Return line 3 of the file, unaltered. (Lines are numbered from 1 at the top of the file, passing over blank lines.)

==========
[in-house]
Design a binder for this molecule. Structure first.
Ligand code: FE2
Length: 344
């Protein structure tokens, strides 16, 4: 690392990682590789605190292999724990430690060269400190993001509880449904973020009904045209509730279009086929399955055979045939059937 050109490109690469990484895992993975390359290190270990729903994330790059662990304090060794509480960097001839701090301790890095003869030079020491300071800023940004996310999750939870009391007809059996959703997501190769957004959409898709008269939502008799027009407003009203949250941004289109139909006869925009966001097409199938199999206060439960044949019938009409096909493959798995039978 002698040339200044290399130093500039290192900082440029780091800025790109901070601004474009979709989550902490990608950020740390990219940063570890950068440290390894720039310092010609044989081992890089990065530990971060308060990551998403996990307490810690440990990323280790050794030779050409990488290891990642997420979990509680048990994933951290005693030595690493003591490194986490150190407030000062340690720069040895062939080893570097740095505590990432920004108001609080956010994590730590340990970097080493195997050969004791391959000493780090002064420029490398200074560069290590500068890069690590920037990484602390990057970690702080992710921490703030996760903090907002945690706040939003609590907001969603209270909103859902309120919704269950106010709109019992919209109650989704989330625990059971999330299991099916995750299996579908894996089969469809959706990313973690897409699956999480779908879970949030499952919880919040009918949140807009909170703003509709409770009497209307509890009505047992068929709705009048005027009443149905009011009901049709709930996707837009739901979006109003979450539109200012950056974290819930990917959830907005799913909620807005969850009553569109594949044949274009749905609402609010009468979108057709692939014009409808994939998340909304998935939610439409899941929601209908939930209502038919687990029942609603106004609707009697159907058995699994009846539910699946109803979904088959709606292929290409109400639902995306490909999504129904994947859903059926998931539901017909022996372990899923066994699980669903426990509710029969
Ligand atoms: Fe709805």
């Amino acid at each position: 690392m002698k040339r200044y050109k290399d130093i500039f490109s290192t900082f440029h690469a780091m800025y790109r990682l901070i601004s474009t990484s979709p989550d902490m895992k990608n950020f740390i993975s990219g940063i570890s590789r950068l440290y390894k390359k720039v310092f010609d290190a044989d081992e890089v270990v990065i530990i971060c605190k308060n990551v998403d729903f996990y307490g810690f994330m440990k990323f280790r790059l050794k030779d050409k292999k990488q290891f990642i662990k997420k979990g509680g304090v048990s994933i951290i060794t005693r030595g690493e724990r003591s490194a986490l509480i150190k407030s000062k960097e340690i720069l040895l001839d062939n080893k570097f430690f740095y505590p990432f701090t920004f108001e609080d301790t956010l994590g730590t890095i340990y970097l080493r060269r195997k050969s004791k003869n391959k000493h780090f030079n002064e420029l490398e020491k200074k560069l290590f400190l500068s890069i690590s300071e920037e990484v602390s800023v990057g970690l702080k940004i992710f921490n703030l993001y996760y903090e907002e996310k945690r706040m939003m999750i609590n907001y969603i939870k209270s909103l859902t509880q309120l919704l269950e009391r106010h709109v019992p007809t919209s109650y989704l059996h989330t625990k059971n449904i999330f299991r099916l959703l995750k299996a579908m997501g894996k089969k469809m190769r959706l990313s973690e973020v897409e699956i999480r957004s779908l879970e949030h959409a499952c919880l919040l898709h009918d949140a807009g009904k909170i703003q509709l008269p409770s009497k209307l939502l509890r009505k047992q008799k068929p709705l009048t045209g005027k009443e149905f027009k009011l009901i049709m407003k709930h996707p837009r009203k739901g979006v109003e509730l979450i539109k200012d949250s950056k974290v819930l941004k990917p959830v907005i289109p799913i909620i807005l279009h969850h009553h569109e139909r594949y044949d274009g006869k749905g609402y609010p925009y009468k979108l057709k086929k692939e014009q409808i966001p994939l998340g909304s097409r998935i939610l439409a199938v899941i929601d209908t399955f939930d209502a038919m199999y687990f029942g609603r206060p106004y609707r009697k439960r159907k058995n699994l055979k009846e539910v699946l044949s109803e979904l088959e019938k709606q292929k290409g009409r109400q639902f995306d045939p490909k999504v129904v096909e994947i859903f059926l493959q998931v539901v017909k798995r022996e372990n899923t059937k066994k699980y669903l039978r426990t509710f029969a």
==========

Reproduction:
Ligand code: FE2